“These standards were developed based on feedback from the public – from teachers, students, parents, business and industry leaders, higher education representatives, and other concerned citizens,” State School Superintendent Richard Woods said. “We are grateful for the thousands of Georgians who took the time to review the proposed standards and share their opinions – they have helped us create appropriate standards with ample time available for teacher training.”
“The standards review process is intended to give educators, parents, and other stakeholders an opportunity to express their concerns, and changes were made on the basis of their responses,” State Board Chair Mike Royal said. “As a result, these new science standards are a direct response to the needs of Georgia’s students.”
As part of the process of the review that produced the new standards, science teachers across the state were asked to provide feedback for every single standard and element in their grade level or high school course. The science surveys drew more than 9,000 teachers, with participation from every school district. Regional Education Service Agencies (RESAs) assisted in development of the survey, and the University System of Georgia provided a third-party analysis of the survey results.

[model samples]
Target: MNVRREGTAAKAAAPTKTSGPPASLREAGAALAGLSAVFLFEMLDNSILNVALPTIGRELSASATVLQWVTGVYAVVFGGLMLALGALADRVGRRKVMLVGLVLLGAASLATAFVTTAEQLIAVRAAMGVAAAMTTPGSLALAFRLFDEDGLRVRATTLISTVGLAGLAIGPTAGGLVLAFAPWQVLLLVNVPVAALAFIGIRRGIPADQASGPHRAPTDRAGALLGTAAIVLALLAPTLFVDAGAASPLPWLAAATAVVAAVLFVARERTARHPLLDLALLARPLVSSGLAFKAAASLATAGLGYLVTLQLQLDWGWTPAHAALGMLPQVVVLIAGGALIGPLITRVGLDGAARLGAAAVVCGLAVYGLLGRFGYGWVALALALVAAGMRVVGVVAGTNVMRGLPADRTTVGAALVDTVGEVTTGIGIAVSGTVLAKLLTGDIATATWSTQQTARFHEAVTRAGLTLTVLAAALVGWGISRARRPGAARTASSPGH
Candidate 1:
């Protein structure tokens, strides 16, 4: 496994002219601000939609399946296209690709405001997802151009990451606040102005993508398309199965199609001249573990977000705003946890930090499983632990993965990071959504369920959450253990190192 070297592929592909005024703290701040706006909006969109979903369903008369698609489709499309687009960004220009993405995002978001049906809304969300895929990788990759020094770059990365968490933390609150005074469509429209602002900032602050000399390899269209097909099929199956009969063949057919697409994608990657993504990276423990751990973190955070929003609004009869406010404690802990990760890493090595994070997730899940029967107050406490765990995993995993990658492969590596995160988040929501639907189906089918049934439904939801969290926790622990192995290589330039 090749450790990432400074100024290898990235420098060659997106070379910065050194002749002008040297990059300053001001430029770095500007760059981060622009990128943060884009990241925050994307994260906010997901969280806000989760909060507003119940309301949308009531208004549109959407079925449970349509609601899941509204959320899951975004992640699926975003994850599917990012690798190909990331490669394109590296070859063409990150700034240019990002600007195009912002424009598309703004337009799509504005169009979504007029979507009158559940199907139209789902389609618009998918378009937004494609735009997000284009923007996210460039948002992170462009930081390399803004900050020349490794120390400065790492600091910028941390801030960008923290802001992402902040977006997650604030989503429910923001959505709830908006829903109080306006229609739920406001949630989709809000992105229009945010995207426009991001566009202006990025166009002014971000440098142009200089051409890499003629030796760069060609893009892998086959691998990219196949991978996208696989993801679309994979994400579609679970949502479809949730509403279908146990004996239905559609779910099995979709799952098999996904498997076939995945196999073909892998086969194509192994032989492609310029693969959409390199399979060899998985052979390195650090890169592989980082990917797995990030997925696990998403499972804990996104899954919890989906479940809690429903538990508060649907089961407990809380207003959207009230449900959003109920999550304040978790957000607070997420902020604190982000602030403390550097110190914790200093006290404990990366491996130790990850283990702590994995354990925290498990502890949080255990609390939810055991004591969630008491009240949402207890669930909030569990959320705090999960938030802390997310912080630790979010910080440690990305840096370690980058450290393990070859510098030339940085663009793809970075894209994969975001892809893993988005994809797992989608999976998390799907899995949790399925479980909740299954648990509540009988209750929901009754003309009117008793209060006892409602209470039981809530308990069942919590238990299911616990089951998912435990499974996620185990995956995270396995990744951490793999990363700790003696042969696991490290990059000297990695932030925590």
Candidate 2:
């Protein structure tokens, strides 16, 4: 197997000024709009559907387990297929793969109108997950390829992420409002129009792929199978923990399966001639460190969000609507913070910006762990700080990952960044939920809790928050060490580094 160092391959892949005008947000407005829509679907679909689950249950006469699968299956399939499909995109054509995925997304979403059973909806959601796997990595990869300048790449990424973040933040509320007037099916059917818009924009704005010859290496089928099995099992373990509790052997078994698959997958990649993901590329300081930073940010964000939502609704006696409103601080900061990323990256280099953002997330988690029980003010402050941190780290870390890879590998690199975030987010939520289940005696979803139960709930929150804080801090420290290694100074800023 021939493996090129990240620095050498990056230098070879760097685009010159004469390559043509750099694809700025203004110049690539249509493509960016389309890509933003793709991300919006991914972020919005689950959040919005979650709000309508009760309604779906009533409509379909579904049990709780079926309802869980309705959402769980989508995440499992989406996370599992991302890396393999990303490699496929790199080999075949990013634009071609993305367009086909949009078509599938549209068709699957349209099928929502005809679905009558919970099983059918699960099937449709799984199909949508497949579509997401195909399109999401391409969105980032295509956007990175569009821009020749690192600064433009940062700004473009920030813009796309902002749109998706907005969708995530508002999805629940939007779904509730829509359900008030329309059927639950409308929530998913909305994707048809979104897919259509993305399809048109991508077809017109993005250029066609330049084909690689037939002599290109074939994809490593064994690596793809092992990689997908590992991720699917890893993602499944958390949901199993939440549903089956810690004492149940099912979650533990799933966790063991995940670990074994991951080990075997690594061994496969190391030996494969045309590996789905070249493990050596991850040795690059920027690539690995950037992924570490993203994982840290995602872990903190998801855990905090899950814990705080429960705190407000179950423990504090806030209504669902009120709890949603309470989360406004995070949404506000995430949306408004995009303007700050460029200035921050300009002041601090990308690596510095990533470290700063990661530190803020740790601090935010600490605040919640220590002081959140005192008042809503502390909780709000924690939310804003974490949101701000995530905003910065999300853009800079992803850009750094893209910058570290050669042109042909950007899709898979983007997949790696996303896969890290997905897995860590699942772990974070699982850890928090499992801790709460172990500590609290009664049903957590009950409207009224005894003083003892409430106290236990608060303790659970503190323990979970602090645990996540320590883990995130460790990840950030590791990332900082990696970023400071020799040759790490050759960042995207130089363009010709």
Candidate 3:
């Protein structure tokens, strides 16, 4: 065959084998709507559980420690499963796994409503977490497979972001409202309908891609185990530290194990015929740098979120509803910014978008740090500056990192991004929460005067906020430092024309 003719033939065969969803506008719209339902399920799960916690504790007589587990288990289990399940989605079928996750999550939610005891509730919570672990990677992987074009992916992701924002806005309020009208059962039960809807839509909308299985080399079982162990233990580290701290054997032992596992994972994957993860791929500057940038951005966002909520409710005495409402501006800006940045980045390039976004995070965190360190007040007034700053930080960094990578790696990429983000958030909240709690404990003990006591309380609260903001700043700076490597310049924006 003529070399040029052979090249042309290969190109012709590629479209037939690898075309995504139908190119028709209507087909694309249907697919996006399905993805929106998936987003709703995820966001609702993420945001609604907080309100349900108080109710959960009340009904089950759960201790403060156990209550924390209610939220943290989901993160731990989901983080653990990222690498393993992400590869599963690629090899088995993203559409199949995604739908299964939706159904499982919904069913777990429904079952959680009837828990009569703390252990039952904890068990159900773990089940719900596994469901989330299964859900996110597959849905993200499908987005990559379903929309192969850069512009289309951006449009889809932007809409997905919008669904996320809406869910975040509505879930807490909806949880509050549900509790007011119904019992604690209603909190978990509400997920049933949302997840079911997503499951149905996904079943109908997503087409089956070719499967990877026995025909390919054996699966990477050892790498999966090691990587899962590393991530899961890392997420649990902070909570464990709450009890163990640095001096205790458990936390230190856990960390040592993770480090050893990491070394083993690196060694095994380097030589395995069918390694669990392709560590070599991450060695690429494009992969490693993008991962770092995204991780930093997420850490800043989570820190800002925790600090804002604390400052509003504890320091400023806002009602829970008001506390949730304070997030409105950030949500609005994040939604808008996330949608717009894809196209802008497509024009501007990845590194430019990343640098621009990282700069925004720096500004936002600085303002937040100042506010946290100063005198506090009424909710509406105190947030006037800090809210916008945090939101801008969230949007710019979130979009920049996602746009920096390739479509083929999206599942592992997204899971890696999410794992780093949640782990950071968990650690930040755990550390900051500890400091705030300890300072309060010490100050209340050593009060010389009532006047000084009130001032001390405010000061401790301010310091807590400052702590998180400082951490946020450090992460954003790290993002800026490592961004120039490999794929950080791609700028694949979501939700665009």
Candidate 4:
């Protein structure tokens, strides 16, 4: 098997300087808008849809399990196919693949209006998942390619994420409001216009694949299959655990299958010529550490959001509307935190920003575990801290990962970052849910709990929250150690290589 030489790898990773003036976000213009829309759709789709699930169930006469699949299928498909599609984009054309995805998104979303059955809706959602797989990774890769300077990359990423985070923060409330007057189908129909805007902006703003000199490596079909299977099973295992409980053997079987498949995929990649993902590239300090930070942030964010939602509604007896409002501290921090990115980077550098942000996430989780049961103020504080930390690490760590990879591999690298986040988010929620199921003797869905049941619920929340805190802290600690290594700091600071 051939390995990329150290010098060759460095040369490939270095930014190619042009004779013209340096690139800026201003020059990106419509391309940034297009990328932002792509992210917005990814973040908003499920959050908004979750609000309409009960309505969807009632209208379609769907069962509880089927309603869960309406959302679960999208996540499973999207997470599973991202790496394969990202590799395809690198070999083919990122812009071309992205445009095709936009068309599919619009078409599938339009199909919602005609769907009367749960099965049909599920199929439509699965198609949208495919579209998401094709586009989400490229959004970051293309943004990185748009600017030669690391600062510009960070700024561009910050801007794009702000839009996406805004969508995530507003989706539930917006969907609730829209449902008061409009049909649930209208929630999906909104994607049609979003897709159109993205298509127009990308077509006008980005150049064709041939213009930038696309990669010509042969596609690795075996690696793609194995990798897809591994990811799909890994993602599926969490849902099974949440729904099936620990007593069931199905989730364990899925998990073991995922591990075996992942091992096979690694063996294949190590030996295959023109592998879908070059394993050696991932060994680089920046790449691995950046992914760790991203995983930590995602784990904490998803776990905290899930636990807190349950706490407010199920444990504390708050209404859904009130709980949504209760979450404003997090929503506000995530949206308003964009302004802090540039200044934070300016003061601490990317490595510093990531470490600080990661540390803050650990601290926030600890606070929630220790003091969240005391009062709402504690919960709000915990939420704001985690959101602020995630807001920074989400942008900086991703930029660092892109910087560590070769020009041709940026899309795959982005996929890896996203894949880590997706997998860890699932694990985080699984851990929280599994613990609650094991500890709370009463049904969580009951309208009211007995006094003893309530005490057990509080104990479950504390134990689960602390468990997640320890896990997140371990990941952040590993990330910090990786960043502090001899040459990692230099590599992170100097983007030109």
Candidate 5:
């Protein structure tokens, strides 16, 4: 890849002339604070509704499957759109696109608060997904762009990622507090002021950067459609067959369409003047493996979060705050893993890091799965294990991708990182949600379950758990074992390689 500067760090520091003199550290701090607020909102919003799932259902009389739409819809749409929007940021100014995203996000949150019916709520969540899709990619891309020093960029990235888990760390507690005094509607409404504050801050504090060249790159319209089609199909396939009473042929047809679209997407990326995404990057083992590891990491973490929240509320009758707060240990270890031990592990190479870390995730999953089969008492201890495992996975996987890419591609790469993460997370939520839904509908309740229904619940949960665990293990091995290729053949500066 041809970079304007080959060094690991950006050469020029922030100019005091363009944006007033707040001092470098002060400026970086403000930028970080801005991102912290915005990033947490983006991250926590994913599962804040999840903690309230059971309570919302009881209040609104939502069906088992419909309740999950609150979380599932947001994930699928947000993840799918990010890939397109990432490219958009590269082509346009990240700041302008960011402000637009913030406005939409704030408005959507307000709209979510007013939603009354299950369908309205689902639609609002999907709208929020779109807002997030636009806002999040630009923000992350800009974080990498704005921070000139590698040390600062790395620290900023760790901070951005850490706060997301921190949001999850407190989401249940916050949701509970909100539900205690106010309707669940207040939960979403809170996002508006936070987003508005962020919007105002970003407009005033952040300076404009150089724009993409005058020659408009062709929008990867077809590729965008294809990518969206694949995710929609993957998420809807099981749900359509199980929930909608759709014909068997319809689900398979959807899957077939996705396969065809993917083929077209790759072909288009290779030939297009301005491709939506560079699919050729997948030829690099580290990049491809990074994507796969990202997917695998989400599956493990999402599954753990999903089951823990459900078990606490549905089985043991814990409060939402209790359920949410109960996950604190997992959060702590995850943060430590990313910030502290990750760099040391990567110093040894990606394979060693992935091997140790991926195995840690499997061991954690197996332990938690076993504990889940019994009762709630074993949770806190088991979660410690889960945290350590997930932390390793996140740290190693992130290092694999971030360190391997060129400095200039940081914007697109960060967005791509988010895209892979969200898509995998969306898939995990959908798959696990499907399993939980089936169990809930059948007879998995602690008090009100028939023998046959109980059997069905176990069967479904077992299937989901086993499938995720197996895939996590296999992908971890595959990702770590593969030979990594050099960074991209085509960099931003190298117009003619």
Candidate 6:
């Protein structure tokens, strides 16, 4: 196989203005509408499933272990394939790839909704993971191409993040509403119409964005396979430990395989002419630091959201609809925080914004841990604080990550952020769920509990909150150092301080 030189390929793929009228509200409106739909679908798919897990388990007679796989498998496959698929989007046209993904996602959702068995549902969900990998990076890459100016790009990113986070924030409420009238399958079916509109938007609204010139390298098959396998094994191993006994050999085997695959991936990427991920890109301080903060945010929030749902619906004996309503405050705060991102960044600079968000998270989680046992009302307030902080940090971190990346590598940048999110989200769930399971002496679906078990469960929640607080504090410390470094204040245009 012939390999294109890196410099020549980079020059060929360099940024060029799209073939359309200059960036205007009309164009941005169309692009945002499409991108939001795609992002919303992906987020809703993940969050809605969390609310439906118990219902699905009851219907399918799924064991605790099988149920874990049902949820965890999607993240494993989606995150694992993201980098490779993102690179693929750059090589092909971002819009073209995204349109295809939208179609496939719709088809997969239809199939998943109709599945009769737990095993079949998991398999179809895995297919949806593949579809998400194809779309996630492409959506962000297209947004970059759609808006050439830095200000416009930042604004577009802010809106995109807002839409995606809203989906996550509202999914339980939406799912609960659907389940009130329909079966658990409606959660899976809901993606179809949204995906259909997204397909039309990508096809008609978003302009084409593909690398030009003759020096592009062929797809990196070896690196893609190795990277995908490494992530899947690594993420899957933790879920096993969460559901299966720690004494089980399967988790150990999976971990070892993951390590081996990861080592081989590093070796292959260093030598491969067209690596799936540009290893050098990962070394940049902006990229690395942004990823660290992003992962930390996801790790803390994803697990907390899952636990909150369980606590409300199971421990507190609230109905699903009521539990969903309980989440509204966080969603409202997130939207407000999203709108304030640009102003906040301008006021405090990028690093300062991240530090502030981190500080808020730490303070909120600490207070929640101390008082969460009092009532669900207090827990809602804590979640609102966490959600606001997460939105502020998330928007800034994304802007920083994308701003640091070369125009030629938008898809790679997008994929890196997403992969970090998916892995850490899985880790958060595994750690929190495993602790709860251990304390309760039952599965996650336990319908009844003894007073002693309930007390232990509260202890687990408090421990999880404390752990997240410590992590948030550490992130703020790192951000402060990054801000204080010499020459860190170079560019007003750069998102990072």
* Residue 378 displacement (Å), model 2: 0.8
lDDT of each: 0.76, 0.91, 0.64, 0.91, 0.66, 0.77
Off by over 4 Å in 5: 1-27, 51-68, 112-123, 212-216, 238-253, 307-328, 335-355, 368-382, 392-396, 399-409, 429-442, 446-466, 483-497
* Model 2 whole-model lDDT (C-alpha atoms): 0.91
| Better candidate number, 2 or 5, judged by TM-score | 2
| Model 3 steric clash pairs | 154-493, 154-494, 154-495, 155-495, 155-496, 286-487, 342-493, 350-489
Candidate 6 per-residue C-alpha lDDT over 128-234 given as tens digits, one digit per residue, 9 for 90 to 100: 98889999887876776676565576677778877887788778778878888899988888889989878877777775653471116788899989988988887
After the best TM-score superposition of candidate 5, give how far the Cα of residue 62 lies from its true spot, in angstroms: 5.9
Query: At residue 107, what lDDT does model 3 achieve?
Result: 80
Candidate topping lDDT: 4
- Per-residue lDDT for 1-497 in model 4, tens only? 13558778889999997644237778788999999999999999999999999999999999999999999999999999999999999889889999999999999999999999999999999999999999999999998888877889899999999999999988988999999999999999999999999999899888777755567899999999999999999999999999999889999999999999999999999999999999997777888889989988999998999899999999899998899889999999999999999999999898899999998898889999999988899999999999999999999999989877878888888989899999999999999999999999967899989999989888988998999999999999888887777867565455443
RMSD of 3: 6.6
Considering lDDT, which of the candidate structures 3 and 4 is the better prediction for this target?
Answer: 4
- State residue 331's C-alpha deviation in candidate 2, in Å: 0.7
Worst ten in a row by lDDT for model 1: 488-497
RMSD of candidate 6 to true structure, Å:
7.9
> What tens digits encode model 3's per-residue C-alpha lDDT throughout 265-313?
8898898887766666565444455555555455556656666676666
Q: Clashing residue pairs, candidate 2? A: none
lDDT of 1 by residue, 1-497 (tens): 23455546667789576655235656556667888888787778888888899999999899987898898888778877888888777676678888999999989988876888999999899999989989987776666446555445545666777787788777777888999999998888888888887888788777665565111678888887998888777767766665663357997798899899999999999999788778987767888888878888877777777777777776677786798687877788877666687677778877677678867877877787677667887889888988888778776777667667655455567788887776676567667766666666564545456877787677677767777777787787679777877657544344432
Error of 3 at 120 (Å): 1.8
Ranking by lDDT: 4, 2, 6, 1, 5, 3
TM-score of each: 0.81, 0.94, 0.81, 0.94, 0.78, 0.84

Students, parents and families, business and industry, and community members were also invited to provide feedback on the existing standards through an additional survey. SEDL, an affiliate of American Institutes for Research, assisted in management of this survey, and Georgia State University provided a third-party analysis of the results.
Survey results were used by practicing Georgia science teachers to guide revisions made to the existing standards. Advisory and academic committees also took part in the revision; these included district-level instructional leaders, parents, and representatives from business and industry, Georgia’s university and technical college systems, nonprofit organizations and other education-related state agencies.
The proposed standards were then posted for 60 days of public comment. Following that period, committee members reconvened to review the survey data and make recommendations by grade level and high school course. During the time public comment was open, the GaDOE received 5,098 responses to the science survey.
A note regarding social studies: the State Board of Education tabled the social studies standards so they could go back to the committee members to discuss some of the modifications/clarifications made after the committee’s vote.
Supporting Documents – Science: